Distance-Time Graphs
Distance-Time and Velocity-Time Graphs

F-IF.18: Graph functions expressed symbolically and show key features of the graph, by hand in simple cases and using technology for more complicated cases.

F-IF.18.a: Graph square root, cube root, and piecewise-defined functions, including step functions and absolute value functions.

Absolute Value with Linear Functions
Radical Functions

F-IF.18.b: Graph polynomial functions, identifying zeros when suitable factorizations are available, and showing end behavior.

Graphs of Polynomial Functions
Polynomials and Linear Factors
Quadratics in Factored Form
Quadratics in Vertex Form
Roots of a Quadratic
Zap It! Game

F-IF.18.c: Graph rational functions, identifying zeros and asymptotes when suitable factorizations are available, and showing end behavior.

General Form of a Rational Function
Rational Functions

F-IF.18.d: Graph exponential and logarithmic functions, showing intercepts and end behavior, and trigonometric functions, showing period, midline, and amplitude.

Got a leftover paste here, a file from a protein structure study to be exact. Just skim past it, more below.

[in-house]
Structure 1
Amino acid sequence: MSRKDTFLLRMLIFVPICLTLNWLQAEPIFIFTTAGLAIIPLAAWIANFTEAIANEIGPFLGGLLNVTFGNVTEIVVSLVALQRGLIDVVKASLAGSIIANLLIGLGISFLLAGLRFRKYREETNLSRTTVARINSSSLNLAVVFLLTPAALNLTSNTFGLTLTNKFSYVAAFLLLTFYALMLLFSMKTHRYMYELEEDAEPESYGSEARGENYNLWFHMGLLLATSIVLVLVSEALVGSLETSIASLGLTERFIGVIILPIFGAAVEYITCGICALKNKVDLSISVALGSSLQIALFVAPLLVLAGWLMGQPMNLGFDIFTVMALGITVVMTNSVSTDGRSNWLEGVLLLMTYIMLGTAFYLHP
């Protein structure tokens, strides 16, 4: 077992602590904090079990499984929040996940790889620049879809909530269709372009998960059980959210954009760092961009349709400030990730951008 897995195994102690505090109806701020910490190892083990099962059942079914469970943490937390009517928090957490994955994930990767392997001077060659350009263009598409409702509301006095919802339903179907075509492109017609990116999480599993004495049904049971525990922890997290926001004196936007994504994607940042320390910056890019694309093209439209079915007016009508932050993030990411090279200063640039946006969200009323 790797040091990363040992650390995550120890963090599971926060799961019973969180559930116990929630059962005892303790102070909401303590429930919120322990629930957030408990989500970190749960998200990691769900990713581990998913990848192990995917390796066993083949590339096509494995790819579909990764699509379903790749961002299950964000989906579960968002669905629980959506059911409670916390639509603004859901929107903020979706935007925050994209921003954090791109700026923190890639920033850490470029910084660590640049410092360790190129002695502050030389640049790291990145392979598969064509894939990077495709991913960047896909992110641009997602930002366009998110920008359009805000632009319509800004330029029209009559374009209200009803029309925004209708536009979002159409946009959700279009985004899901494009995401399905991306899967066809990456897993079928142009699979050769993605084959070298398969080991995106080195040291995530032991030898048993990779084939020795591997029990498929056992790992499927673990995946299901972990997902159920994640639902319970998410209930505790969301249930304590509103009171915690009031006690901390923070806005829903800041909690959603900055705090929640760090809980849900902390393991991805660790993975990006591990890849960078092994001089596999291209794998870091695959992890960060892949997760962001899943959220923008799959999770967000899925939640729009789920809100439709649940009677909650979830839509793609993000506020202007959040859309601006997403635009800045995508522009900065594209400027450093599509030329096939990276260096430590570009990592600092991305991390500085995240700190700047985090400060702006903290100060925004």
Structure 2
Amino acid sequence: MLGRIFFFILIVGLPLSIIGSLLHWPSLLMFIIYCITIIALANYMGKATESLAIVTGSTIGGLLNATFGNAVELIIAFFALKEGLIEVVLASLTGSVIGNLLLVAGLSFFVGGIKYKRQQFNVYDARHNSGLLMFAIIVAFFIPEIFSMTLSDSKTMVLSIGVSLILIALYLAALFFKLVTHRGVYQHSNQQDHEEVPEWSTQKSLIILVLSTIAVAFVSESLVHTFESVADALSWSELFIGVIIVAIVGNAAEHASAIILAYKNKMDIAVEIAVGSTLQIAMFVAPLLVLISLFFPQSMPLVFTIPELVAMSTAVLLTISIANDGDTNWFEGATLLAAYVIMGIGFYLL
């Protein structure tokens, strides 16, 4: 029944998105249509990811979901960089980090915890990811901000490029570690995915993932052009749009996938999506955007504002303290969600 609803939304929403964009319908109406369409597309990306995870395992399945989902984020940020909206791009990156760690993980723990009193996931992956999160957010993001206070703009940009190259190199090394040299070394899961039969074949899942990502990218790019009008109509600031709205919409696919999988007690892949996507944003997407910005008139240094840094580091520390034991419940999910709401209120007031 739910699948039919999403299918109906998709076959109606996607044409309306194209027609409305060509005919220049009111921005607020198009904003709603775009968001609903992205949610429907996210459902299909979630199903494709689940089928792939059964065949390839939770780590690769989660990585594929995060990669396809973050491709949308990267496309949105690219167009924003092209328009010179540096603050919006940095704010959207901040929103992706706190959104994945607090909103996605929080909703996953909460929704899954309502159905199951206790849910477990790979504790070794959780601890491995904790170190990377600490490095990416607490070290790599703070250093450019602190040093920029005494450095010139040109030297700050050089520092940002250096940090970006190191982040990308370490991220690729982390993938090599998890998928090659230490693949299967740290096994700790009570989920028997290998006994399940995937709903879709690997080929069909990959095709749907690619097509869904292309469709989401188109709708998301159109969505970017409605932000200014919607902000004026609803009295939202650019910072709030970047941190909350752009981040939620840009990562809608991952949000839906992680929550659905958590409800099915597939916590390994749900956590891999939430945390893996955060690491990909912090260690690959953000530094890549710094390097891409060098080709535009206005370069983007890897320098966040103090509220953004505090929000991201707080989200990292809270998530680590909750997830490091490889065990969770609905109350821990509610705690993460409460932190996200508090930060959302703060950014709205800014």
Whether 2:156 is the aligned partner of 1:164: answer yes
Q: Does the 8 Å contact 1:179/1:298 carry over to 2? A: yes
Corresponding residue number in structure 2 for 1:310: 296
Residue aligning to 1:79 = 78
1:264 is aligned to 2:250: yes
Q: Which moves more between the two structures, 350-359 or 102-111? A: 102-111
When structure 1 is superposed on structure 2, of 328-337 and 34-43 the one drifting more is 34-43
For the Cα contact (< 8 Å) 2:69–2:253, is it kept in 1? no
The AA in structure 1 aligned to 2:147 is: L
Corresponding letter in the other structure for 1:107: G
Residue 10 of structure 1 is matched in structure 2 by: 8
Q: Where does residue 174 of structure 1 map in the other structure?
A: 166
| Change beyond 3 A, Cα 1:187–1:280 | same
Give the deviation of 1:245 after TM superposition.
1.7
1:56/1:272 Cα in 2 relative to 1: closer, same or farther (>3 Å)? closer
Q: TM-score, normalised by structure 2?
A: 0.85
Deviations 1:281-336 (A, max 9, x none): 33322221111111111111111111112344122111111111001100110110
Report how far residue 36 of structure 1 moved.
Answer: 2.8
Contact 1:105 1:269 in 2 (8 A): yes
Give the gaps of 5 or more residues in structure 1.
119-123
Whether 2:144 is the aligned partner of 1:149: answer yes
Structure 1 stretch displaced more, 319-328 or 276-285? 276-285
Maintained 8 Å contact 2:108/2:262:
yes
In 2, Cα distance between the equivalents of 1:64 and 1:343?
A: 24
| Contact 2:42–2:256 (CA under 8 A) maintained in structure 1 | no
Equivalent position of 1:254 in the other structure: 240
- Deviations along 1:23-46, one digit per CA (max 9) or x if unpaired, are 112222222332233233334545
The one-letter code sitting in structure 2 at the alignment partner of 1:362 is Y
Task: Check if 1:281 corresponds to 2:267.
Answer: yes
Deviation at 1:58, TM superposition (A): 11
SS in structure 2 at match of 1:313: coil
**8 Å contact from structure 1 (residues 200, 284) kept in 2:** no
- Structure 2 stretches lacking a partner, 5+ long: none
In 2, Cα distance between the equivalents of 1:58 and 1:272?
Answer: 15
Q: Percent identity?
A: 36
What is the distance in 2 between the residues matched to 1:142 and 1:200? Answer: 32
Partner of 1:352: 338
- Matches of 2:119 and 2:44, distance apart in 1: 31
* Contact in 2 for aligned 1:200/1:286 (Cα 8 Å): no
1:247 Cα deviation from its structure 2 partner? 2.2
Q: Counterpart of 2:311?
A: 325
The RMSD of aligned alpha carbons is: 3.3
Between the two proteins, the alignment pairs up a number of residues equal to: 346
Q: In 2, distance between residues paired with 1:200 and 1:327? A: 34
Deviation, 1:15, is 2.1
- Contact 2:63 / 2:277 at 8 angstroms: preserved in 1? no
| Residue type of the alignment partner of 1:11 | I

Cosine Function
Exponential Functions
Exponential Growth and Decay
Logarithmic Functions
Logarithmic Functions: Translating and Scaling
Sine Function
Tangent Function

F-BF: Building Functions

F-BF.20: Determine the inverse of a function and a relation.

Logarithmic Functions

F-BF.21: Verify by composition that one function is the inverse of another.

Logarithmic Functions

F-BF.22: Read values of an inverse function from a graph or a table, given that the function has an inverse.

Logarithmic Functions

F-BF.24: Understand the inverse relationship between exponents and logarithms and use this relationship to solve problems involving logarithms and exponents.

Logarithmic Functions

F-TF: Trigonometric Functions

F-TF.26: Determine the amplitude, period, phase shift, domain, and range of trigonometric functions and their inverses.

Translating and Scaling Functions
Translating and Scaling Sine and Cosine Functions

F-TF.27: Use the sum, difference, and half-angle identities to find the exact value of a trigonometric function.

Sum and Difference Identities for Sine and Cosine

F-TF.28: Utilize parametric equations by graphing and by converting to rectangular form.

F-TF.28.b: Solve applied problems that include sequences with recurrence relations.

Arithmetic Sequences
Geometric Sequences

F-TF.34: Prove the addition and subtraction formulas for sine, cosine, and tangent and use them to solve problems.

Simplifying Trigonometric Expressions
Sum and Difference Identities for Sine and Cosine

G-GPE: Expressing Geometric Properties with Equations

G-GPE.36: Derive the equation of a parabola given a focus and directrix.